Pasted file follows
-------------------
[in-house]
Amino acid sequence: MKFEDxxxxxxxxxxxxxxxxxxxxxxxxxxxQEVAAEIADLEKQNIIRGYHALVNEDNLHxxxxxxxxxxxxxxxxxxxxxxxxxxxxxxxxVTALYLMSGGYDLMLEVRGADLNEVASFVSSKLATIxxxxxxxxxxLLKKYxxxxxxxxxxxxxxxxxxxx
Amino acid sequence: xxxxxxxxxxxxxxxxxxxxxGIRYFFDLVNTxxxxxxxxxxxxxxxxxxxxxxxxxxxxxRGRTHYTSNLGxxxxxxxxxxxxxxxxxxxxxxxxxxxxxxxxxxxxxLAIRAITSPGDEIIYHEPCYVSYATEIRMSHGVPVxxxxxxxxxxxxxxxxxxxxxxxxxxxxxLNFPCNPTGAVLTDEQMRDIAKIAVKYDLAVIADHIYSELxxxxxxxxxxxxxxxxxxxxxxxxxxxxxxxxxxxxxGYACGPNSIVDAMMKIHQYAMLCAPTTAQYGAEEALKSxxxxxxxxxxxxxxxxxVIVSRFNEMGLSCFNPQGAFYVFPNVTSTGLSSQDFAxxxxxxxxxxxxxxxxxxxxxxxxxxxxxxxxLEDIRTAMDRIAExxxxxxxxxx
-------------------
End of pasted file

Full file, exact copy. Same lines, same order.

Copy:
[in-house]
Amino acid sequence: MKFEDxxxxxxxxxxxxxxxxxxxxxxxxxxxQEVAAEIADLEKQNIIRGYHALVNEDNLHxxxxxxxxxxxxxxxxxxxxxxxxxxxxxxxxVTALYLMSGGYDLMLEVRGADLNEVASFVSSKLATIxxxxxxxxxxLLKKYxxxxxxxxxxxxxxxxxxxx
Amino acid sequence: xxxxxxxxxxxxxxxxxxxxxGIRYFFDLVNTxxxxxxxxxxxxxxxxxxxxxxxxxxxxxRGRTHYTSNLGxxxxxxxxxxxxxxxxxxxxxxxxxxxxxxxxxxxxxLAIRAITSPGDEIIYHEPCYVSYATEIRMSHGVPVxxxxxxxxxxxxxxxxxxxxxxxxxxxxxLNFPCNPTGAVLTDEQMRDIAKIAVKYDLAVIADHIYSELxxxxxxxxxxxxxxxxxxxxxxxxxxxxxxxxxxxxxGYACGPNSIVDAMMKIHQYAMLCAPTTAQYGAEEALKSxxxxxxxxxxxxxxxxxVIVSRFNEMGLSCFNPQGAFYVFPNVTSTGLSSQDFAxxxxxxxxxxxxxxxxxxxxxxxxxxxxxxxxLEDIRTAMDRIAExxxxxxxxxx